Speed, direction of rotation and other operational parameters of an AC motor can be controlled by a variable frequency drive (VFD). This is a remarkable, user-friendly piece of equipment that depends for its operation on 12 or more large power diodes. When a VFD fails, a shorted or open diode is the usual culprit. A subsequent article will discuss VFD troubleshooting and repair in some detail. For now, we’ll make mention of the fact that for proper operation the DC bus should carry a pure direct current without harmonics or noise contamination. This is best ascertained by looking at the voltage displayed on an oscilloscope screen. All capacitors and diodes before and after the DC bus must be good. Do these tests with the power source disconnected and locked out, and with stored voltages fully discharged. Even with these protective measures in place, there is no need to touch any conductive parts. Use only fully insulated tools and test equipment rated for the system voltage.

Diodes are critical parts of every power supply in electronic equipment where it is necessary to convert AC utility or on-site generated power to DC. In seeking the cause of a malfunction, look at paths of heavy current flow; this usually means the power supplies or output stages and devices, such as speakers. If the system is dead, i.e. no response at all when connected to the power source, one or more diodes may be faulted. These, together with electrolytic capacitors, often go down. A frequent cause is a short circuit followed immediately by heavy current draw and then an open, after the fault burns clear. Also, line surges and transients can destroy diodes. Test them as described earlier and examine visually for damage.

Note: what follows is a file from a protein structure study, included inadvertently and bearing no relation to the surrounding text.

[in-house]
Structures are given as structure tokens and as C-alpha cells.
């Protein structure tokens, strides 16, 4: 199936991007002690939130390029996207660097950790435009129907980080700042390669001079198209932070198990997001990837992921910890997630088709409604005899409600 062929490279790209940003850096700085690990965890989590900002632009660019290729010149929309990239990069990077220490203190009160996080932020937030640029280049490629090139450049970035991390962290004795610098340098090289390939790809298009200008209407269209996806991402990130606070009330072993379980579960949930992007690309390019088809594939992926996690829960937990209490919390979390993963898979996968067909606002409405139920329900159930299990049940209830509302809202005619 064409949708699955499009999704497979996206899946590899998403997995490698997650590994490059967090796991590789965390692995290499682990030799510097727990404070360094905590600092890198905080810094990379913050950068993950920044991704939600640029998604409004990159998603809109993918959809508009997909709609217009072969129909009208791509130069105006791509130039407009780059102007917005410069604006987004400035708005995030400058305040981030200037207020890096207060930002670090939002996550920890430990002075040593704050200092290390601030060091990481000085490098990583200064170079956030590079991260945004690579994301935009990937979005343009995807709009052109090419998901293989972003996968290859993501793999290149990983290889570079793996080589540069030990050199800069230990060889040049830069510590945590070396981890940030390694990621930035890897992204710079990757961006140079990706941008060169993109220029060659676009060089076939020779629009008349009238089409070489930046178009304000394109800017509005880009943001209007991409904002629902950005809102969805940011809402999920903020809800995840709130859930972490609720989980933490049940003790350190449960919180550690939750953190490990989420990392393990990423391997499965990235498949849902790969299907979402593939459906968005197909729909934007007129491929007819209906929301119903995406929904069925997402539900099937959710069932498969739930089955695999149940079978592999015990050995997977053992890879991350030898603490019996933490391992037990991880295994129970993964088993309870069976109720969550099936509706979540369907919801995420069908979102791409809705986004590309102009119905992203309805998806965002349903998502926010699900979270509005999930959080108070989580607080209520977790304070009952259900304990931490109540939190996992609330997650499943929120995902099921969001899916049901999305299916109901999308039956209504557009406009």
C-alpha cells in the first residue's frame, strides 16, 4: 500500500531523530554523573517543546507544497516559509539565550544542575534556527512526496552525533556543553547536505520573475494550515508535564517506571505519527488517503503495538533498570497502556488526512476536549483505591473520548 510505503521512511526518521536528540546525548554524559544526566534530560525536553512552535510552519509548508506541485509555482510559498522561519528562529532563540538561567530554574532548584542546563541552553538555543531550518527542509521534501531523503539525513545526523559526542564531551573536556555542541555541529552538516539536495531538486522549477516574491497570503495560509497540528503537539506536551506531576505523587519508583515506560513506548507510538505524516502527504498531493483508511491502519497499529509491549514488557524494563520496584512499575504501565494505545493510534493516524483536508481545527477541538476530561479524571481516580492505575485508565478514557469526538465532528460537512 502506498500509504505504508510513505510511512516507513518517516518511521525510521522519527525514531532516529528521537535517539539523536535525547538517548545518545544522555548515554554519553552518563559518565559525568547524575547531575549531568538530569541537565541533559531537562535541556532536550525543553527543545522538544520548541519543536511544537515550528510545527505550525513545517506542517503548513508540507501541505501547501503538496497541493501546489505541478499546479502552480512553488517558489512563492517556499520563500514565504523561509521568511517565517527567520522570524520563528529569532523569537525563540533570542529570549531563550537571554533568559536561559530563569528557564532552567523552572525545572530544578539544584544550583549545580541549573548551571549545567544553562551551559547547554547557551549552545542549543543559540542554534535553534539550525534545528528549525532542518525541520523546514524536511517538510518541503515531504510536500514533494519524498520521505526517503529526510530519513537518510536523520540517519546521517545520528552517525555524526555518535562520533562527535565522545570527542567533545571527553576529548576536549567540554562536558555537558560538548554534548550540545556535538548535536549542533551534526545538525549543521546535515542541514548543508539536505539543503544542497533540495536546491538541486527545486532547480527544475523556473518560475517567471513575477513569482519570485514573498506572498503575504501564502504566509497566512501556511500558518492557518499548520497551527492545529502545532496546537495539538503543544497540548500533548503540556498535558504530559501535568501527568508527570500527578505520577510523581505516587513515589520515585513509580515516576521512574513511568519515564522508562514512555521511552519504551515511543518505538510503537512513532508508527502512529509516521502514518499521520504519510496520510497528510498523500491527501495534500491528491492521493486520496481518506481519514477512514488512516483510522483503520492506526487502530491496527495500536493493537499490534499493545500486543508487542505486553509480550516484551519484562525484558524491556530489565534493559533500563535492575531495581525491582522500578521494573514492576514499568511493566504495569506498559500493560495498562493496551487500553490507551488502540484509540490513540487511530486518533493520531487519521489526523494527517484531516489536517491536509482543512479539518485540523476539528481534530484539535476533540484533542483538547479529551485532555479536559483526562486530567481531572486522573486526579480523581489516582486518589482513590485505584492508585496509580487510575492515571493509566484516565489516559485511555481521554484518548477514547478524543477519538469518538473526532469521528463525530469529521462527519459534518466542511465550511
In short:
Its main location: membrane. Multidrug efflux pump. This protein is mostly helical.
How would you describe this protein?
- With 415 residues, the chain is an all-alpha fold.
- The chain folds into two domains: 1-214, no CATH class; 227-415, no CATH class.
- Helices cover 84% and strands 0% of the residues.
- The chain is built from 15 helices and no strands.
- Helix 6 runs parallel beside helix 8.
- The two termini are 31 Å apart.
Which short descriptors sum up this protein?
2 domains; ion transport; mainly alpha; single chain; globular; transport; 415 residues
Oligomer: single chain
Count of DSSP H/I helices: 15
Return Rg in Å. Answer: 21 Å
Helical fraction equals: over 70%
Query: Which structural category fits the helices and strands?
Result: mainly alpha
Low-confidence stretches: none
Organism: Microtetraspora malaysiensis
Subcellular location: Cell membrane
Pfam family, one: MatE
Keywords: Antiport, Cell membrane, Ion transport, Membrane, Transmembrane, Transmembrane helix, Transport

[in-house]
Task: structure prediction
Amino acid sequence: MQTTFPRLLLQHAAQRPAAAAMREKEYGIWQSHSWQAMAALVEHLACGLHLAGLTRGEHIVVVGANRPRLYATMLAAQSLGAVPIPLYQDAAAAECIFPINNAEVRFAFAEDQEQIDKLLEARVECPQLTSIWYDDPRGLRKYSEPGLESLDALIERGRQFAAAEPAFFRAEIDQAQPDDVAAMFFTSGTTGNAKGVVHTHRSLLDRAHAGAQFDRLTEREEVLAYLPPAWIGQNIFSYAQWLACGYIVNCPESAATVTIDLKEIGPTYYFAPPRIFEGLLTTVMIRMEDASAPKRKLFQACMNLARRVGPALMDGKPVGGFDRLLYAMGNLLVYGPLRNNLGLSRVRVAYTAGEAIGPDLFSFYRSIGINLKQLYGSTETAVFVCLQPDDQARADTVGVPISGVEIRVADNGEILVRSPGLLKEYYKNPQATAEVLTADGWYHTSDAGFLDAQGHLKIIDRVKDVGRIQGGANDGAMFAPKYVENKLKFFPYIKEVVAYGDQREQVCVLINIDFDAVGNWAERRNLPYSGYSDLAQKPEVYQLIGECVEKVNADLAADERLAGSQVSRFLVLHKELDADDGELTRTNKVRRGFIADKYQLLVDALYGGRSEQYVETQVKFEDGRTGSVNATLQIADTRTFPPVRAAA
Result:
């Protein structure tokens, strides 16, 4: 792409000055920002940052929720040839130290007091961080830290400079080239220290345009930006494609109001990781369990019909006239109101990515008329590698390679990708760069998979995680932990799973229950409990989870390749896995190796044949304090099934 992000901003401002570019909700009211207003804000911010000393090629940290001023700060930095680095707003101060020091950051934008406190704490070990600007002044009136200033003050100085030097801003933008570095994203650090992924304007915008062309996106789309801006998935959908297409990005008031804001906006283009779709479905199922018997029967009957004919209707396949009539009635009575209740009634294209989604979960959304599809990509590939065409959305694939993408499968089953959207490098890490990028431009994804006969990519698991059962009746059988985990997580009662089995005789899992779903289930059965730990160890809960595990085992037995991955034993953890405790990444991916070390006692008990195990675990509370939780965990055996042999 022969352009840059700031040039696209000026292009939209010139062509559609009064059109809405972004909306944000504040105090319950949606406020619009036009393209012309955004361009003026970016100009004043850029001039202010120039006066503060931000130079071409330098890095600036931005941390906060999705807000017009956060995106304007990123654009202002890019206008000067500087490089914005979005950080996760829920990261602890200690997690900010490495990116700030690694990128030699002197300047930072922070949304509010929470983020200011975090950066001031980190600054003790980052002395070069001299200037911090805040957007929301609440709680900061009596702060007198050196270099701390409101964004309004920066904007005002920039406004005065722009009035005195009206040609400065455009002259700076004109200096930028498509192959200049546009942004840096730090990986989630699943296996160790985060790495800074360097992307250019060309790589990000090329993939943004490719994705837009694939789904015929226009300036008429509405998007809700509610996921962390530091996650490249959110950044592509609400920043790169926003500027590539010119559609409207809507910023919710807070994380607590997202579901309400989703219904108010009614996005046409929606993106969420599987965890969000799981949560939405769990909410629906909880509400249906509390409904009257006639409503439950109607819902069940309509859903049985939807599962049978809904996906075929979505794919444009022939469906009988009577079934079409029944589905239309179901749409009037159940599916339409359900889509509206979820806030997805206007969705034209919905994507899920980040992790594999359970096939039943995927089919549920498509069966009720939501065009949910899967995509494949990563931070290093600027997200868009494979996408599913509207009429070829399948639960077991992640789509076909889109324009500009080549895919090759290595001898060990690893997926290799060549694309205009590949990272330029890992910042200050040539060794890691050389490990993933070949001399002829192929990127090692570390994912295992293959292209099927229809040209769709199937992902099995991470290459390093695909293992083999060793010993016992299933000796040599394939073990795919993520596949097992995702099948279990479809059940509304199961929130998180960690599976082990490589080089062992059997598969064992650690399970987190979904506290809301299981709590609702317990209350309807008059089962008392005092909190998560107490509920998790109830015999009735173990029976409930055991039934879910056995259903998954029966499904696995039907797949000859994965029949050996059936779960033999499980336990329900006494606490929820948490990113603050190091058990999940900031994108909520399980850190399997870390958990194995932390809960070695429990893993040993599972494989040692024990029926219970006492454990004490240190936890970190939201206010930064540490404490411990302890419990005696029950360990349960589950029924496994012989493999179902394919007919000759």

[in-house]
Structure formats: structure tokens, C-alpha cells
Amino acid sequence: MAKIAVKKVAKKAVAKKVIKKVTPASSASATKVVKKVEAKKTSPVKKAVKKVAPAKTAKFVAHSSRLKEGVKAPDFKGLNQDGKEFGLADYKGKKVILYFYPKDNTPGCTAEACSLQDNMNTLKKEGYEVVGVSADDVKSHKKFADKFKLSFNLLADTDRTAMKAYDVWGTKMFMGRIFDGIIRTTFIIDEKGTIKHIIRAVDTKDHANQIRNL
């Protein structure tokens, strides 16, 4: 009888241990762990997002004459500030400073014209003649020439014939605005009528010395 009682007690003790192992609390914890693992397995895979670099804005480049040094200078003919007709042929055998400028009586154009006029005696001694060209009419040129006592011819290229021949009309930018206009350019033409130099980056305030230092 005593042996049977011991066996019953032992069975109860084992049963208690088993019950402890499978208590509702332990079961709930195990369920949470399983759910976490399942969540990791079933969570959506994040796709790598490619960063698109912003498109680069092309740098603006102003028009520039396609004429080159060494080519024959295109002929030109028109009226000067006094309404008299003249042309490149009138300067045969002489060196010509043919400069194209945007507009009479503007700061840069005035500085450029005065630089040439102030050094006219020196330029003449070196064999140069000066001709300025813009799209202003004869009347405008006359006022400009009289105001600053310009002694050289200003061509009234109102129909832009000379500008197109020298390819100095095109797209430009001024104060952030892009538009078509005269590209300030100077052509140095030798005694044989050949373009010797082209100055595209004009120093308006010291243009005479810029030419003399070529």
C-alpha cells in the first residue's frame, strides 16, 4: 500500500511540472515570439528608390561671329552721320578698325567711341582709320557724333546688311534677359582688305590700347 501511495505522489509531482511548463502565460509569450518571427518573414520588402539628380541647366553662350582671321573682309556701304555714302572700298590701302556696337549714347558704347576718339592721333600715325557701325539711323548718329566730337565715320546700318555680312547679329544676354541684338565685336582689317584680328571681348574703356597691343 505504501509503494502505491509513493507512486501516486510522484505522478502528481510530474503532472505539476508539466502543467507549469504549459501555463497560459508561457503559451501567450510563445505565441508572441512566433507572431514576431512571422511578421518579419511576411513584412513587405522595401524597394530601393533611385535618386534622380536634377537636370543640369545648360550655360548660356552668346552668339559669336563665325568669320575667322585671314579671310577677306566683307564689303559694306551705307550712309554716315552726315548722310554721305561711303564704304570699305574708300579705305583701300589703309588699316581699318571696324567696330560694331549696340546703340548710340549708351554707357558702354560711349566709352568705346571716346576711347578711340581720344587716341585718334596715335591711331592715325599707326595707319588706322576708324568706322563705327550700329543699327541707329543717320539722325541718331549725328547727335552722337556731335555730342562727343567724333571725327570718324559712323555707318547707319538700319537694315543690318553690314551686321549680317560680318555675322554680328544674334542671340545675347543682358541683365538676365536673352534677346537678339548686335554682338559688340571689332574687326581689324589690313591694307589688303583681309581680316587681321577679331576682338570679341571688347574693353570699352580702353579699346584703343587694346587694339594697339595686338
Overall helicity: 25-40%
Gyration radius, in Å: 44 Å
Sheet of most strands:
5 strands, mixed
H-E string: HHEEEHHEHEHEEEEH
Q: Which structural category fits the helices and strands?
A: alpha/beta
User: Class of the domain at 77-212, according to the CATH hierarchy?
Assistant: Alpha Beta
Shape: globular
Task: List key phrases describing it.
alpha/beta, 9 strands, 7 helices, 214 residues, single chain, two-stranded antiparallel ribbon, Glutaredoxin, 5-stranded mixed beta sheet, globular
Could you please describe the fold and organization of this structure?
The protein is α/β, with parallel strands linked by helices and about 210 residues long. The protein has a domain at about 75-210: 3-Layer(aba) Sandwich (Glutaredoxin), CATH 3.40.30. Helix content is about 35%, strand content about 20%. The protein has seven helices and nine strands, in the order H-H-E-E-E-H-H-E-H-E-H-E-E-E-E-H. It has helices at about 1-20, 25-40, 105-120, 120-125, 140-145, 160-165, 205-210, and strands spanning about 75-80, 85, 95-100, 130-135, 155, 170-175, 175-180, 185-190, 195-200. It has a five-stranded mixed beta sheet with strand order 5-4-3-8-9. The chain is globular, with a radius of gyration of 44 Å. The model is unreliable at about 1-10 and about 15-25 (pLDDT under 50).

Large power diodes have heat sinks to get rid of the excess thermal energy. Where the diode contacts the heat sink, a very thin layer of thermal grease should be applied, with no excess. The material fills in pits in the mating metal surfaces in order to improve heat transfer. It is similar to corrosion inhibitor that electricians apply at the terminations of large aluminum conductors in services. Never use standard multipurpose grease.

With so many sizes, shapes and electrical parameters, it is no surprise that diode part substitution may be problematic. That’s where the manufacturer’s data sheets enter the picture. These are available at no cost as PDF downloads. In your search engine, type in the parts number + datasheet. Fairchild Semiconductor provides complete, well-illustrated data sheets, and they are essential for design work and any repair where you may want to do parts substitution.

Some of the more important electrical and thermal parameters are:

  • Maximum repetitive reverse voltage
  • Average rectified forward current
  • DC forward current
  • Recurrent peak forward current
  • Storage temperature range
  • Operating junction temperature
  • Power dissipation
  • Thermal resistance, junction to ambient
  • Breakdown voltage
  • Forward voltage
  • Reverse leakage
  • Total capacitance
  • Reverse recovery time

Additionally, there are performance graphs showing various electrical parameters with current plotted against voltage and a power-derating curve at various temperatures. Data sheets also show pictorial representations depicting the cathode identification band and parts number identification.

Pictorial (top) and schematic (bottom) of a diode: on the device, a single band denotes the cathode; on the schematic, an arrowhead is the anode.

David Herres holds a New Hampshire Master Electrician’s license and has worked as an electrician in the northern part of that state for many years. He has focused on writing since 2006, having written for such magazines as ELEVATOR WORLD, Electrical Construction and Maintenance, Cabling Business, Electrical Business, Nuts and Volts, PV Magazine, Electrical Connection, Solar Connection, Solar Industry Magazine, Fine Homebuilding Magazine and Engineering News.